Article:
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Yale Attempts Vape Prevention Through The Use Of Virtual Reality

Yale Attempts Vape Prevention Through The Use Of Virtual Reality


Researchers at the Yale School of Medicine believe a virtual reality video game could help young people quit using electronic cigarettes and vaping devices.

NEW HAVEN — Yale medical researchers have developed an “immersive, virtual reality video game” that helps teens and young adults about the harms of e-cigarettes. The game intends to help these individuals learn practice strategies for learning to refuse the use of these products. According to a media release from the Yale School of Medicine, the use of electronic cigarettes is still on the rise among youth. Citing outdated data from the Centers for Disease Control and Prevention, the researchers developed the study to believe that these trends are still in place and that video gaming could change minds.

“When teenagers think of vaping, they think of JUUL,” says Veronica Weser, the research scientist for the in play4REAL XR Lab within the school’s Department of Pediatrics. Weser is also the lead researcher in this study. “They don’t make the connection to nicotine and the harmful, addictive nature that e-cigarettes actually present.”

The game is entitled Invite Only VR: A Vaping Prevention Game. It transports students into a “simulated high school world where they are in the ninth grade. Surrounded by a small group of “nerdy” friends, players have a goal of befriending the popular senior in their health class and getting invited to his exclusive party.” The game further indicates that gamers will be made to experience elements of peer pressure from classmates trying to get them to use electronic cigarettes. Voice recognition technology is also used so that students can practice “navigating peer pressure situations” that involve vaping.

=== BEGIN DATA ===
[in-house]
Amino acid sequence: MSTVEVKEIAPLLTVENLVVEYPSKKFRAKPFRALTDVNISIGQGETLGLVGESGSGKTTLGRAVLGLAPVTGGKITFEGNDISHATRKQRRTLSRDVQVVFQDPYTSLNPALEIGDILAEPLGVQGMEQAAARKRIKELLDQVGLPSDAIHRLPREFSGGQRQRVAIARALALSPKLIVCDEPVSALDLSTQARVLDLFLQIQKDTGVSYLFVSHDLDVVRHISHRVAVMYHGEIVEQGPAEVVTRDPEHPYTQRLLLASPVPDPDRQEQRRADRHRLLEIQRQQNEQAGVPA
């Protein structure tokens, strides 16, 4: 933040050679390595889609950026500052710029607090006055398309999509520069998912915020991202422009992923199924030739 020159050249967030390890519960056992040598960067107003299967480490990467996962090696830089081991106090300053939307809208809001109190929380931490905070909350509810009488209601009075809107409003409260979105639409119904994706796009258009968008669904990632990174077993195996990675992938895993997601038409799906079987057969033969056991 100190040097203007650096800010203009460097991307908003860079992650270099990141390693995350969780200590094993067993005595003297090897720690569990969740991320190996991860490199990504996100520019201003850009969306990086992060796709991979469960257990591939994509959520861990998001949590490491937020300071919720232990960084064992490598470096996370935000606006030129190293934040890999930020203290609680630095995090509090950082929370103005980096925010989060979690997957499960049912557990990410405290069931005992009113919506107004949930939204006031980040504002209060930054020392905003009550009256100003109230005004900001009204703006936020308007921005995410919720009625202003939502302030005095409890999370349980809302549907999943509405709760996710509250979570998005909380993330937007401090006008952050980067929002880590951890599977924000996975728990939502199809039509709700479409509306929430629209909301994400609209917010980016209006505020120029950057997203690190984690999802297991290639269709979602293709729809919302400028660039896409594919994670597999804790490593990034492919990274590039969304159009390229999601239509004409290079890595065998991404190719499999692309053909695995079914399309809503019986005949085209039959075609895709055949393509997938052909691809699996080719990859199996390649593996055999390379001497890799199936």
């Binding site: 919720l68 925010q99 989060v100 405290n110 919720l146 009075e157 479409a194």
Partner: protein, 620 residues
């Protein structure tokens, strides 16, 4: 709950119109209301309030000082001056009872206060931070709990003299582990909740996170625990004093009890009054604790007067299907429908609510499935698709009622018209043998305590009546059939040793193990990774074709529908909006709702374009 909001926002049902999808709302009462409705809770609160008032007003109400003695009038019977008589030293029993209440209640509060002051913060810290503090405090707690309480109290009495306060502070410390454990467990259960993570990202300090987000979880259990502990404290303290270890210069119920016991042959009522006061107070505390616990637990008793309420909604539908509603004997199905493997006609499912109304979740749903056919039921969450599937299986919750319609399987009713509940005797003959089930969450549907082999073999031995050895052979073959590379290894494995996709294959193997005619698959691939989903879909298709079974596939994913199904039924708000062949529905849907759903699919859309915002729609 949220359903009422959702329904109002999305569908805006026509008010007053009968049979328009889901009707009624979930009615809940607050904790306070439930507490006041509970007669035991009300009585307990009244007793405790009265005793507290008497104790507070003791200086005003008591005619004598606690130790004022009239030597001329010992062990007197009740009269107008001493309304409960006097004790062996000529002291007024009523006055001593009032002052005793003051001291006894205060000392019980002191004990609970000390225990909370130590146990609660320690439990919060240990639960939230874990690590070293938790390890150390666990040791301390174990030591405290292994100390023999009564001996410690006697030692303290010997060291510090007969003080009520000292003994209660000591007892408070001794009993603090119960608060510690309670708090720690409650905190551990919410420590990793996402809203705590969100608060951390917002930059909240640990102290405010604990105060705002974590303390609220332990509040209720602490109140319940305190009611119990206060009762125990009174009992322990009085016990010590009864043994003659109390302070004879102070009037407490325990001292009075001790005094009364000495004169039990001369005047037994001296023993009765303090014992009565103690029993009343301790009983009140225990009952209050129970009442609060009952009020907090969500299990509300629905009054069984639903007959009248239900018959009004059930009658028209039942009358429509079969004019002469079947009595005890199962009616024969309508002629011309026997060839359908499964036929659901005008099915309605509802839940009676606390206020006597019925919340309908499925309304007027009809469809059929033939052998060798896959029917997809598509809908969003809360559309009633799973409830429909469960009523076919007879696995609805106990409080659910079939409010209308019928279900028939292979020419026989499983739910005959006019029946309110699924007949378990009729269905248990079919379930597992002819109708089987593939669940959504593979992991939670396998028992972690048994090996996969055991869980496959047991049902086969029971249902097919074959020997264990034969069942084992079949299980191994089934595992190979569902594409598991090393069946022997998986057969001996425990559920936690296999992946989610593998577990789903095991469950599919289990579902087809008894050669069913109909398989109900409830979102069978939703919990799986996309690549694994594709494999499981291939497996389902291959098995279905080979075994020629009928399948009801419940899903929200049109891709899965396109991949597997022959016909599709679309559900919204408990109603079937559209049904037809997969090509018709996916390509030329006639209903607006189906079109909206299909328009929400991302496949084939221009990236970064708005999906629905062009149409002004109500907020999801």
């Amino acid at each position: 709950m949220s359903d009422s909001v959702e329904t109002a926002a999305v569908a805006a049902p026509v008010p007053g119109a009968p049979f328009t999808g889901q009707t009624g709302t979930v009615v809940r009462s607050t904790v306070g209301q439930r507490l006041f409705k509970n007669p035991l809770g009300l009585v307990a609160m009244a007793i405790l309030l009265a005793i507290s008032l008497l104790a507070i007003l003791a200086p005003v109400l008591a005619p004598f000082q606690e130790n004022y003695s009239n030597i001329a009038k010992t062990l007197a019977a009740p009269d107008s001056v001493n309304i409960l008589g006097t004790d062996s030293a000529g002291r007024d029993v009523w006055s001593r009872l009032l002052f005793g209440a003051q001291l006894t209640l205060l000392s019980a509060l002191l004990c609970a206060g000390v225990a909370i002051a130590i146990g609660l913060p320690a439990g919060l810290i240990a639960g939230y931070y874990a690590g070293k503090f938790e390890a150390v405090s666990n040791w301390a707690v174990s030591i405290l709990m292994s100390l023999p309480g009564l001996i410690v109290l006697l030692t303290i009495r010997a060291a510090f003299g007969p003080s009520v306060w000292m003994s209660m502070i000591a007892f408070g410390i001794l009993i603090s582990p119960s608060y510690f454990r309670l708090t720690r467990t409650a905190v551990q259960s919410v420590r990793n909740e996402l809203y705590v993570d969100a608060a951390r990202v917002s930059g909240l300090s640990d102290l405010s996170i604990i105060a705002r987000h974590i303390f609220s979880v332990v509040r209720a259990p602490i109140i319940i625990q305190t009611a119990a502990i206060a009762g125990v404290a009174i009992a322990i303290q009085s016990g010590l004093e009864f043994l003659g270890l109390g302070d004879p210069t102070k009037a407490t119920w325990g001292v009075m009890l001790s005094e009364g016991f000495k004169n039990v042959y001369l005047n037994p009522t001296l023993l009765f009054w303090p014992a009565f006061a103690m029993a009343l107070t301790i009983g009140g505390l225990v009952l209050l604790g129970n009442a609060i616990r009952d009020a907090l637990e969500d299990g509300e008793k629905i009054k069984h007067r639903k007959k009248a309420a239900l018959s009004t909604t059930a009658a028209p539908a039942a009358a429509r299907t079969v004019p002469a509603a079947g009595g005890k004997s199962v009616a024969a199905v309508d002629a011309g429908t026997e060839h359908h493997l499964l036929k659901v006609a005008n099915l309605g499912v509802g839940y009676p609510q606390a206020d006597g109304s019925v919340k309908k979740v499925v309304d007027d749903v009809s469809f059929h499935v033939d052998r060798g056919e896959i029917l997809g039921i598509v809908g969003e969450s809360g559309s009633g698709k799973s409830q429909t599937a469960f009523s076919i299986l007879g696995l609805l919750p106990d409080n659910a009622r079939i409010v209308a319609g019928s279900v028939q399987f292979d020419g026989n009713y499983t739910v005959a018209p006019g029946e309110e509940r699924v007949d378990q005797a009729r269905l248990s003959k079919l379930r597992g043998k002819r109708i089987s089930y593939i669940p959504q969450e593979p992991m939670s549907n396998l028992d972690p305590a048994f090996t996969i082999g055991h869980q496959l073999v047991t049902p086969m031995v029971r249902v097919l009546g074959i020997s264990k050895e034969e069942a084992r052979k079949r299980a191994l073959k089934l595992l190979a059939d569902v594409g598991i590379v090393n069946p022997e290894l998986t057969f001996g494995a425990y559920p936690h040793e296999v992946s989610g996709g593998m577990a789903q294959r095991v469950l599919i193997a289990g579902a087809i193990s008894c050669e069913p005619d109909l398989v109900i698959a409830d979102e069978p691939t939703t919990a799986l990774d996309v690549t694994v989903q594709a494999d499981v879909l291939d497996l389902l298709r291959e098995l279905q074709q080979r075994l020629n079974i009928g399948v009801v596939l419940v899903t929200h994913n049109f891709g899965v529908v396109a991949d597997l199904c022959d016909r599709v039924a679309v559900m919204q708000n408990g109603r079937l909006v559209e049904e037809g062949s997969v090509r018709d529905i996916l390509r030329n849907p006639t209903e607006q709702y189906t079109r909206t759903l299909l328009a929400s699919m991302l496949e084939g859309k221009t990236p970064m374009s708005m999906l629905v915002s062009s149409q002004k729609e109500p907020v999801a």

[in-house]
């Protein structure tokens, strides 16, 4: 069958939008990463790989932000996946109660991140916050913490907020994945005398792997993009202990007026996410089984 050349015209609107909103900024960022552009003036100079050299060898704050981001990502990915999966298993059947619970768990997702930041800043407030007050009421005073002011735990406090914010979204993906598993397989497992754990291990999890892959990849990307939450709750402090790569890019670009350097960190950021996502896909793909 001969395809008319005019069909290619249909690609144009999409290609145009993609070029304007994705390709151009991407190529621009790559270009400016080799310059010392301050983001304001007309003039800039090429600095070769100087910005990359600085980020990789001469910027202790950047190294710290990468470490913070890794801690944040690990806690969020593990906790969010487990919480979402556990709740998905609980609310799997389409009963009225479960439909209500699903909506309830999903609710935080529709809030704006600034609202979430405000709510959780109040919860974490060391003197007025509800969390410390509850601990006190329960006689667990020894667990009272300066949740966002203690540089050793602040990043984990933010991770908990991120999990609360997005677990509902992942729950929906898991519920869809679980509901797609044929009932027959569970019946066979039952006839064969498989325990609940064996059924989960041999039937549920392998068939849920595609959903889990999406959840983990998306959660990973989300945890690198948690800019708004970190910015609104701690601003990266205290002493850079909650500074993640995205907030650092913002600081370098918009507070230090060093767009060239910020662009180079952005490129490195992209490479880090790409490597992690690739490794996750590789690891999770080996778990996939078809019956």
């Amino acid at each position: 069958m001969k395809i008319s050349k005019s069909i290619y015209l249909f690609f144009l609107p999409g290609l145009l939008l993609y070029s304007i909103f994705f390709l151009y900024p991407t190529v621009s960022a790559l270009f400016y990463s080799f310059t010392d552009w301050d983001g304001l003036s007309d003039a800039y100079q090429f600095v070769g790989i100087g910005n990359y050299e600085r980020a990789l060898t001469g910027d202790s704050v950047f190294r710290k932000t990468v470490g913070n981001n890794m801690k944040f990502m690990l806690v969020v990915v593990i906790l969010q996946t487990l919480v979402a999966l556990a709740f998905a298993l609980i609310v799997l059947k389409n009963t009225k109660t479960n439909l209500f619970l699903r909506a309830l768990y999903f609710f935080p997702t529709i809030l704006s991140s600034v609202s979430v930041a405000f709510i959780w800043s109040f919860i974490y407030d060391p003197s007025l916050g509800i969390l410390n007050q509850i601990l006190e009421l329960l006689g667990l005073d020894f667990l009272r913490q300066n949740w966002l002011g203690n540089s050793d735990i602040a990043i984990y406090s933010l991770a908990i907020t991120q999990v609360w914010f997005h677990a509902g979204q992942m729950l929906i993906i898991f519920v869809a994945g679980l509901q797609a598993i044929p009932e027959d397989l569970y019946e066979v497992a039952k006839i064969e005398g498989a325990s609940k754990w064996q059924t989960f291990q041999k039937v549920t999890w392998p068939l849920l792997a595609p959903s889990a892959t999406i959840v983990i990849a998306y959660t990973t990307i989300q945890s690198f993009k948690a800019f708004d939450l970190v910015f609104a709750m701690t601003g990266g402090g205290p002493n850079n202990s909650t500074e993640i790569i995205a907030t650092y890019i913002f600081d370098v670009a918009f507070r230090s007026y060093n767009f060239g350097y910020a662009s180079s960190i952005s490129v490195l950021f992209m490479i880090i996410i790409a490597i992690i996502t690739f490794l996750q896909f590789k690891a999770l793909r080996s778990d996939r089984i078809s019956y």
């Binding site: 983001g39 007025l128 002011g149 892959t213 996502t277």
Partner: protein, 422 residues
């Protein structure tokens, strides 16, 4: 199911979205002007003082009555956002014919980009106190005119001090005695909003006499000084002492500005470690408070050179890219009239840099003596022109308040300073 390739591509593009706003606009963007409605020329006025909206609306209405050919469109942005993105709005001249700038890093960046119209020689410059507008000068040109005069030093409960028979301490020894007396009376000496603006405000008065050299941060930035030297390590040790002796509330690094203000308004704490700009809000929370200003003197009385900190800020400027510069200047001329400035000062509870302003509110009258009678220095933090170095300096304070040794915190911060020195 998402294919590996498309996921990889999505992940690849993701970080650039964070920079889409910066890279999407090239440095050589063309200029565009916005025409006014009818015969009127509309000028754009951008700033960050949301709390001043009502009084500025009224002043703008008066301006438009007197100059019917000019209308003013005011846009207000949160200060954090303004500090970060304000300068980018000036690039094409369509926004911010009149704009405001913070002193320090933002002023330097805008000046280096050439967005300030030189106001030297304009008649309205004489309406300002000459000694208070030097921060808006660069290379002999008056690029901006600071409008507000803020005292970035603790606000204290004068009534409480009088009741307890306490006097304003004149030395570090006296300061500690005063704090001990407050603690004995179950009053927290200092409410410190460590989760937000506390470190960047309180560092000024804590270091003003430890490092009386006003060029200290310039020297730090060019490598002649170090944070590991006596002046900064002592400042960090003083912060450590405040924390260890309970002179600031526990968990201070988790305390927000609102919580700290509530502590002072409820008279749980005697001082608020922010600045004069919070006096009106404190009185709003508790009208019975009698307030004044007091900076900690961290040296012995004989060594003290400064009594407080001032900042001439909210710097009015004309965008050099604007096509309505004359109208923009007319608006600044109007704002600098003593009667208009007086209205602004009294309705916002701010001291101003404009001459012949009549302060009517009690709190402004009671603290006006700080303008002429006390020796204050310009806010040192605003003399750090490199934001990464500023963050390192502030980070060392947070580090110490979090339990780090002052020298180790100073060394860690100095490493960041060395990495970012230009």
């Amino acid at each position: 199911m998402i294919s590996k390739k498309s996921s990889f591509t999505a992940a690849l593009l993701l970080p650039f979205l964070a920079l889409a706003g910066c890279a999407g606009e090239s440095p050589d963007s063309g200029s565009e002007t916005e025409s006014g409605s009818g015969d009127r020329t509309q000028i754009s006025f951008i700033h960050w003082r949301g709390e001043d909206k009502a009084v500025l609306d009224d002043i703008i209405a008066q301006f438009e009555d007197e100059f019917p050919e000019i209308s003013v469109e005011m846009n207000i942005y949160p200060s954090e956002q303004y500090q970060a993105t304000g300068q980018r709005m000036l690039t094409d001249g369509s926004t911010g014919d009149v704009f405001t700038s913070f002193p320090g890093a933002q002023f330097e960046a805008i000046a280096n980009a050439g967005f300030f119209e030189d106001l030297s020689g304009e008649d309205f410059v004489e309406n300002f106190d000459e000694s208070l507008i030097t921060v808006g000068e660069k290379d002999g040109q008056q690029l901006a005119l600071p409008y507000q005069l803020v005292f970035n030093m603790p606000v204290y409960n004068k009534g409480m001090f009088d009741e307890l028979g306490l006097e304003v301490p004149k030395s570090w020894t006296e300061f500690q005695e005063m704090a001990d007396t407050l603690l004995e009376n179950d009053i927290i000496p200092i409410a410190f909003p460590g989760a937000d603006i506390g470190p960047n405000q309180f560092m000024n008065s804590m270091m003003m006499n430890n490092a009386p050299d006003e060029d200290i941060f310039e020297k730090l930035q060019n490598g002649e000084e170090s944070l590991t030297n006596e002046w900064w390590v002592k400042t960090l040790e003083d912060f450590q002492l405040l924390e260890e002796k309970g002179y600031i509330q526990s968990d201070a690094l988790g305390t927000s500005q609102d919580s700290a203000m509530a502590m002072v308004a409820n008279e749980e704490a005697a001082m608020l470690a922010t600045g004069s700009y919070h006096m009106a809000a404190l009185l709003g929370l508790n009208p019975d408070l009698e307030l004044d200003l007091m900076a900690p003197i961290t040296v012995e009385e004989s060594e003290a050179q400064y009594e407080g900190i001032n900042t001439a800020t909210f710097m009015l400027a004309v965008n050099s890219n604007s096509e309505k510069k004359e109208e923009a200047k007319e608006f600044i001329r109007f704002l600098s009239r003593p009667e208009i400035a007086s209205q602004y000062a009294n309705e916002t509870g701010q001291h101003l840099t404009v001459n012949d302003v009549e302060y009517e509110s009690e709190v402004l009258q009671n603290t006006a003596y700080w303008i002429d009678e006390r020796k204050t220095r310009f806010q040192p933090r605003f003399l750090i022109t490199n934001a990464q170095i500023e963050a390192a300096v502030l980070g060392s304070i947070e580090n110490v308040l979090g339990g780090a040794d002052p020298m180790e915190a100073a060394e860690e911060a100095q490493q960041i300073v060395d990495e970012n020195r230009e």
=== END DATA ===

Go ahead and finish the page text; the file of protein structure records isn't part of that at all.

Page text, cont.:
“As the game progresses, you learn more and more strategies to refuse e-cigarettes while still preserving your ‘coolness’ and dignity as a high school student so that you can secure this invitation to the party,” says Weser in the same press release from Yale Medicine.

“It’s really all about social interactions regarding e-cigarettes,” she added. Essentially, the virtual reality game is nothing more than an attempt at social conditioning. In addition to that, the video game insinuates that vaping is the only peer-pressured experience that teens could encounter. Nevertheless, there are far worst scenarios Yale’s researchers overlooked, including the use of more extreme products like tobacco cigarettes and the rates of drinking alcohol and using marijuana and harder drugs among targeted youth.

Researchers submitted their findings and got them published in the academic journal Addictive Behaviors. According to the results from the study’s narrative, the researchers claim success. Results suggest: “From baseline to 6 months, Invite Only VR players improved in e-cigarette knowledge, nicotine addiction knowledge, perceived addictiveness of e-cigarettes, perceptions of harm, and social perceptions about e-cigarette use compared to the control group. No significant changes were observed for the other dependent variables, including e-cigarette use. Ratings of gameplay experience and satisfaction, VR experience, and game-based decisions were high.”

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